The term "biodegradable" has been used over the past few years, to describe plastics or packaging that could potentially be metabolized by microorganisms in nature, with complete breakdown to CO2/Methane, water and biomass. However, there is significant confusion and controversy surrounding biodegradable plastics since many suppliers have used the term to loosely describe their material/packaging without specifying the conditions under which the material would degrade in nature. For instance, some plastics (like PLA) will only degrade under industrial composting conditions, while some others (like PHA) can break down under a wider range of conditions and environments (industrial, backyard, marine). Given this widespread confusion and the misuse of the "biodegradable" term, many global government and industry organizations have issued guidelines to restrict or eliminate the unqualified use of biodegradable as a descriptor of plastics or packaging. These include the European Commission guidelines (European Plastics Strategy) and the Federal Trade Commission Green Guides in the US.
In line with such guidelines, Ubuntoo's recommends that companies providing biodegradable materials, products or packaging:
1.Avoid unqualified use of the term "biodegradable" to describe their products
2.Any claim of biodegradability should be accompanied by a description of specific conditions and environments under which the material or product will undergo degradation in nature
3.It is strongly recommended that companies provide globally accepted certifications or testing for various biodegradability claims (such as the BPA certification for industrial composting)
Further in line with the position articulated by the European Commission as well as major CPG companies, Ubuntoo recommends that "biodegradable" plastics should not be considered a solution for littering (or worse a license to litter). Appropriate collection and end-of-life solutions (such as industrial composting or home composting) need to be put into place to avoid biodegradable plastics ending up as litter in the environment.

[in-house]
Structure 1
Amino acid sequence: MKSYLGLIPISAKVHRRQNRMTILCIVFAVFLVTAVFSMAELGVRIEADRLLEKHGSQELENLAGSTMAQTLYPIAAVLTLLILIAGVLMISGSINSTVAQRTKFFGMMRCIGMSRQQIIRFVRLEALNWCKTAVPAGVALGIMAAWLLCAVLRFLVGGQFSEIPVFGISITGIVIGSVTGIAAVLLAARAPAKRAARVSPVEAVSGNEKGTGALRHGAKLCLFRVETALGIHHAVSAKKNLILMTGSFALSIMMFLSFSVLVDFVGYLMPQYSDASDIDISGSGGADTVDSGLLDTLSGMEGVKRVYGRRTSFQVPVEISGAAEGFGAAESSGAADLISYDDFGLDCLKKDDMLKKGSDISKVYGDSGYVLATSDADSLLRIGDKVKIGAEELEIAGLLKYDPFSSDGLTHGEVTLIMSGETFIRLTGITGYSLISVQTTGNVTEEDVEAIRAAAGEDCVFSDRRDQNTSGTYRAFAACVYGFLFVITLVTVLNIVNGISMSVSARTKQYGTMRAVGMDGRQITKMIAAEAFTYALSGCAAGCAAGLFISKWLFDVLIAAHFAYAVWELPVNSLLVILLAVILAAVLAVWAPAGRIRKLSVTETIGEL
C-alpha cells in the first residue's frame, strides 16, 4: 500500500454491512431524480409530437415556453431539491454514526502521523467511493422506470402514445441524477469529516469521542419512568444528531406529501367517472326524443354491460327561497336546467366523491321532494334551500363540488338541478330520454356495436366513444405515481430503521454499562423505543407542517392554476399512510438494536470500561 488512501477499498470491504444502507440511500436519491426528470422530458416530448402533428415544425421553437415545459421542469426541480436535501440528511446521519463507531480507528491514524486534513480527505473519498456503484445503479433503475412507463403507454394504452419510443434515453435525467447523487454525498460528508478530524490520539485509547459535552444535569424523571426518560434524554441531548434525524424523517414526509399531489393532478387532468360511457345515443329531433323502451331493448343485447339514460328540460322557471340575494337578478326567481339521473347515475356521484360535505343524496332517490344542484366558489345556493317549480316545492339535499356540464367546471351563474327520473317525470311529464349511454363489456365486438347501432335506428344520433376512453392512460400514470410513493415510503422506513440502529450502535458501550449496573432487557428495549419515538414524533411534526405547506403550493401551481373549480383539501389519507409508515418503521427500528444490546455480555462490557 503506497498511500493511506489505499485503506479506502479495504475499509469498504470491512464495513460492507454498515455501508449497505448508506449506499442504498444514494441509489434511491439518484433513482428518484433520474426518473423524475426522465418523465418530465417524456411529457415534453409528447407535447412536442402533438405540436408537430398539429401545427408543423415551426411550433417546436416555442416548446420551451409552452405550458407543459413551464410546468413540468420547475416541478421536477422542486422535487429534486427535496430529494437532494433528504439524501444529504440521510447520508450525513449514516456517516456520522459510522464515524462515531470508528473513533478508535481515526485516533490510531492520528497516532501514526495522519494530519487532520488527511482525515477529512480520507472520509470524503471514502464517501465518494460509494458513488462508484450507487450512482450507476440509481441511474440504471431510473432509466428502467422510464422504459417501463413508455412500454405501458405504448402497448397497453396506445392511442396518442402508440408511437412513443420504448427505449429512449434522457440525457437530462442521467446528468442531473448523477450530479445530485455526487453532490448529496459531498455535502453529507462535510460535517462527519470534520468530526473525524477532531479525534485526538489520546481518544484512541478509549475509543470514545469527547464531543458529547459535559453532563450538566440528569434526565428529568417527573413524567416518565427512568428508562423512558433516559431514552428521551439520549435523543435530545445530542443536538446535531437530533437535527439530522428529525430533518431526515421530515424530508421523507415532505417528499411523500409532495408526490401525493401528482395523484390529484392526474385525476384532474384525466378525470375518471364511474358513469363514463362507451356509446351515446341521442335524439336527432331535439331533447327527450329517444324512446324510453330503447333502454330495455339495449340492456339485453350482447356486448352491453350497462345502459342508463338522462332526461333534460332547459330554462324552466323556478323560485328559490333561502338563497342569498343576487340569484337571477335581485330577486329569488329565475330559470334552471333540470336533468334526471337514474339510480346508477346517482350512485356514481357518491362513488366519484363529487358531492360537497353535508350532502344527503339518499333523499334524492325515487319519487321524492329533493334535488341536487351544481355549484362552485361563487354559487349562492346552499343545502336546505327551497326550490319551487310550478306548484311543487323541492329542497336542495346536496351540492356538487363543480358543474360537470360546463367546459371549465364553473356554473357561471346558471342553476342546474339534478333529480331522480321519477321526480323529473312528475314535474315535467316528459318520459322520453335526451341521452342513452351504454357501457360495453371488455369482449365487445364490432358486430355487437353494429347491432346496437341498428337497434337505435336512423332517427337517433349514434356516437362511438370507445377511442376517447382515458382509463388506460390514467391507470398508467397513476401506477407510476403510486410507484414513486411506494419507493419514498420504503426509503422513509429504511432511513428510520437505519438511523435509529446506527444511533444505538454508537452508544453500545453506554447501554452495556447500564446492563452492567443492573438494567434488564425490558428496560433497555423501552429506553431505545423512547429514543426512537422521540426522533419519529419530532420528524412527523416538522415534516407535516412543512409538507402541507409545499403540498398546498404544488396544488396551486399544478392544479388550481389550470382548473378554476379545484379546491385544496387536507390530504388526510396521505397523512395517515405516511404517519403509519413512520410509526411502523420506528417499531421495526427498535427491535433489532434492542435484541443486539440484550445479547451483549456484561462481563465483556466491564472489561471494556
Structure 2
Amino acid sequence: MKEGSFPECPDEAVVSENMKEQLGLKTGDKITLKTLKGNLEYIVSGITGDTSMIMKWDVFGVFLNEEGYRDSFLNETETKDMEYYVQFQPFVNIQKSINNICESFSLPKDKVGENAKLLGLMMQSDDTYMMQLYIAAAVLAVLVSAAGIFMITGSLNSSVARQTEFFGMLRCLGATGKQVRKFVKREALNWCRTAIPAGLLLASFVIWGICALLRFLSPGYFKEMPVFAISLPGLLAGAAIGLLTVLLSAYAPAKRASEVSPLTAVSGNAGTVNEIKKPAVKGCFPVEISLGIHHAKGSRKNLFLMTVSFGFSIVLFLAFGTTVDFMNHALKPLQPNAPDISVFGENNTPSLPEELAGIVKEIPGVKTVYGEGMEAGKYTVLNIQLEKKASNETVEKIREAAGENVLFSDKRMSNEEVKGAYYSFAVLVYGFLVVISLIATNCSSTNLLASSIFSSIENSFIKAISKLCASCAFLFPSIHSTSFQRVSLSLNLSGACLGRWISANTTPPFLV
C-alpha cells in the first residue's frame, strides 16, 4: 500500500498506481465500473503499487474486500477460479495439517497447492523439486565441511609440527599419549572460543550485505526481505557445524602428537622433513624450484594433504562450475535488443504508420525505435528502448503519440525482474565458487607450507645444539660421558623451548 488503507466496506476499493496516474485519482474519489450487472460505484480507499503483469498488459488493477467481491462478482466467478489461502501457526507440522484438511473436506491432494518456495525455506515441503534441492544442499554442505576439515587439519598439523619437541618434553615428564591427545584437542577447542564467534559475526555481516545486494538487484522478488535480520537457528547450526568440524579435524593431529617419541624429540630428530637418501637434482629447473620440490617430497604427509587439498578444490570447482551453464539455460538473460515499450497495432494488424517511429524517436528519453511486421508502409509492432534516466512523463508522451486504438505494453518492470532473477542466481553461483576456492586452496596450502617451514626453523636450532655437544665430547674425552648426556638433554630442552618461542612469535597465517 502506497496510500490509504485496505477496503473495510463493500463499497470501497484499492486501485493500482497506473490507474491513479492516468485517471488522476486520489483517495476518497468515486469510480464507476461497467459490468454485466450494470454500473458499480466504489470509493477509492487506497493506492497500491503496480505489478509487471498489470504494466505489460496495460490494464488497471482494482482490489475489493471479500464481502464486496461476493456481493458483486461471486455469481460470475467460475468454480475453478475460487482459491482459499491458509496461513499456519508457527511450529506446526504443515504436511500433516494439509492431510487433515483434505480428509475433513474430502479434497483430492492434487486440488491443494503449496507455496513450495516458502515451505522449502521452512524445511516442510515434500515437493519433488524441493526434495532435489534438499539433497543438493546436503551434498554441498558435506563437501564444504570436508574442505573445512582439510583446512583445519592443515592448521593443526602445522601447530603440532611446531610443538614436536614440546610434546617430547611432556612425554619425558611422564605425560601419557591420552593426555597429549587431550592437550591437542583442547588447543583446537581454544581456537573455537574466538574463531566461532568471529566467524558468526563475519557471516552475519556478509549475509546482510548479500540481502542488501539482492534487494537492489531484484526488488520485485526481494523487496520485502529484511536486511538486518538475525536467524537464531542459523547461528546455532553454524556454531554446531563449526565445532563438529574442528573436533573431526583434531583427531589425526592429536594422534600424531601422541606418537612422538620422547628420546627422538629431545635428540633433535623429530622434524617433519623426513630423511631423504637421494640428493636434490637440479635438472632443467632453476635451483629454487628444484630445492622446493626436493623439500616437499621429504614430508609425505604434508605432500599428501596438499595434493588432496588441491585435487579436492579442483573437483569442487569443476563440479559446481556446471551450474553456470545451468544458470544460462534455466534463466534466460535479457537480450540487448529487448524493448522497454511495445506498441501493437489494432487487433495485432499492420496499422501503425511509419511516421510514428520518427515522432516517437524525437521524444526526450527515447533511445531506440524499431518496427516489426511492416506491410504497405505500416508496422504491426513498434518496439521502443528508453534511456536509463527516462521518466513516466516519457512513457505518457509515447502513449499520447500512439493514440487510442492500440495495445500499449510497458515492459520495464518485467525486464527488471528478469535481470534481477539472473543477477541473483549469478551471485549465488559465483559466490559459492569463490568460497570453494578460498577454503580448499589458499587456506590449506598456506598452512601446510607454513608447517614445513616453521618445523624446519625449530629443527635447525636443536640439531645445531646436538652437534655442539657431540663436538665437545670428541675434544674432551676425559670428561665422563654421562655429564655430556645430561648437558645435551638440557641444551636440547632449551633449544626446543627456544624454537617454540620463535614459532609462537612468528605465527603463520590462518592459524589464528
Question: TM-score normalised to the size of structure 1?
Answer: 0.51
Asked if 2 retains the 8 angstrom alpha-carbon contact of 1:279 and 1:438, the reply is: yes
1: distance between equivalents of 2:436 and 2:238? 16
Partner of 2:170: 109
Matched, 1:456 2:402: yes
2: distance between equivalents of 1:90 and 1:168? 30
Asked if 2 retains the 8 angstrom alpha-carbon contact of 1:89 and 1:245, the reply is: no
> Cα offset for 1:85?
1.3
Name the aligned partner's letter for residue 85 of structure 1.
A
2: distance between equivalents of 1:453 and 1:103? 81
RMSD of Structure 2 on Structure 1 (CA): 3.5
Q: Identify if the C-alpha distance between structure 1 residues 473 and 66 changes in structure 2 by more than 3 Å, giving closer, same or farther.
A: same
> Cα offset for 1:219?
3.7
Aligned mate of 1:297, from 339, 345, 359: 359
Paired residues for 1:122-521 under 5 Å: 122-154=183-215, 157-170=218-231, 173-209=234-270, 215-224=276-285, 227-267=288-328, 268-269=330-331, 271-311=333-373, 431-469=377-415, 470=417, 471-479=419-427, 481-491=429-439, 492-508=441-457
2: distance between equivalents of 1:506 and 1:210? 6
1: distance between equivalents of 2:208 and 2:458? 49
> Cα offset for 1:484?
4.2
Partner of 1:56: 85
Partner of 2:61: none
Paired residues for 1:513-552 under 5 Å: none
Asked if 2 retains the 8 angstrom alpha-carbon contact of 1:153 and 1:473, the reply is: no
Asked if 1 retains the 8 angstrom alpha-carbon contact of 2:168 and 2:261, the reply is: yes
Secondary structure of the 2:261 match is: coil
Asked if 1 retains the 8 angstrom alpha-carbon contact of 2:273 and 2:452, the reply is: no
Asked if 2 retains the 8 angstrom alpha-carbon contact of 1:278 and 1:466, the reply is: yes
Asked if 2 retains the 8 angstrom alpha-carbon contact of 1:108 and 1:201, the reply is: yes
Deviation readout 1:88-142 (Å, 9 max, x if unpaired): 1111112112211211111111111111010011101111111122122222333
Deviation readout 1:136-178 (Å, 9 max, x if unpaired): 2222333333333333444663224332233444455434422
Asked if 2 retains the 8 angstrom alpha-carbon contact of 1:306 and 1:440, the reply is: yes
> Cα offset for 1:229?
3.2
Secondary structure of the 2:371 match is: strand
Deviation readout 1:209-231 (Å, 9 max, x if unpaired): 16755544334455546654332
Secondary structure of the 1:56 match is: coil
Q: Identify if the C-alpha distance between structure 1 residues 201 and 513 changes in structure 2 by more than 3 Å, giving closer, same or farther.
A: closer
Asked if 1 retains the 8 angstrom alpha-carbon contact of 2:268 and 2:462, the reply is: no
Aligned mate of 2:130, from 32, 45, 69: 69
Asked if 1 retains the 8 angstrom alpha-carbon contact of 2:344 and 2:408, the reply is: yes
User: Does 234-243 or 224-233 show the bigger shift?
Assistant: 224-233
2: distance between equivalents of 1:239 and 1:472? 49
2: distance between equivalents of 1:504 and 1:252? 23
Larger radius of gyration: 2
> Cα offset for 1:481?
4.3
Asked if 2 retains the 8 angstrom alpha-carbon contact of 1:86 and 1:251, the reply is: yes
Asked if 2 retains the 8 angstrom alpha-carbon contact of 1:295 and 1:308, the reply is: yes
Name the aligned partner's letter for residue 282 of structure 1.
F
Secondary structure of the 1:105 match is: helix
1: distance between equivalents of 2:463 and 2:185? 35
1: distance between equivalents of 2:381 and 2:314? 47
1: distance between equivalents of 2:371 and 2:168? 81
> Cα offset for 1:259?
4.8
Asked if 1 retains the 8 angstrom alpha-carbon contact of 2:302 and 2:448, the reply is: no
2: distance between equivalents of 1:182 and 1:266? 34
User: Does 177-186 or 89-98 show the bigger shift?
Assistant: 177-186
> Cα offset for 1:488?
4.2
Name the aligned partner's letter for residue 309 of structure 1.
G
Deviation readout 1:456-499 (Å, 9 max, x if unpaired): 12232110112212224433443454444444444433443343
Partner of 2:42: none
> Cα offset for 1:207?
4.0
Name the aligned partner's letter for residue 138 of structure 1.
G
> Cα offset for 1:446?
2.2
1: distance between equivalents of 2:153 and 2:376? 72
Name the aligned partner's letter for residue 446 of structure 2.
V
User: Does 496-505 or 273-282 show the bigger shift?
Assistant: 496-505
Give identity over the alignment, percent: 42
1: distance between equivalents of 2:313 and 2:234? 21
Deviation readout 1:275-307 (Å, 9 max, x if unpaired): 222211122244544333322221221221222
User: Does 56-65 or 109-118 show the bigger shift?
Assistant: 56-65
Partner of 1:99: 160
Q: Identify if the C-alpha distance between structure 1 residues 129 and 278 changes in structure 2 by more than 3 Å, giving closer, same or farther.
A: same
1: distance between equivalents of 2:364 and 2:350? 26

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Zeropack was founded by Bio-on (50% owned by Rivoira) to revolutionize packaging of fruits and vegetables using PHA biopolymers.
Food packaging is a major contributor to the worldwide problem of packaging waste and pollution. Currently, this sector is dominated by pertrochemical based polymers that take centuries to degrade in the environment.
The replacement of oil sources with bio-based and naturally biodegradable materials such as polyhydroxyalkanoates (PHA) appears to be the most promising strategy and a long-term opportunity to reduce the environmental impact of food packaging waste.
Zeropack develops economic and eco-innovative materials for fruit and vegetable packaging to help reduce plastic waste and improve overall environmental sustainability.
All applications follow and respect the highest levels of standardization and certification. The company is able to produce films, crates, small and large containers, fruit supports and completely natural labels based on bioplastic, 100% natural and biodegradable in nature, produced from fruit and vegetable wastes.
Zeropack has acquired an exclusive license from Bio-on to exploit the technology for 10 million euros. The startup will soon generate new patents and will begin working with distributors and producers worldwide.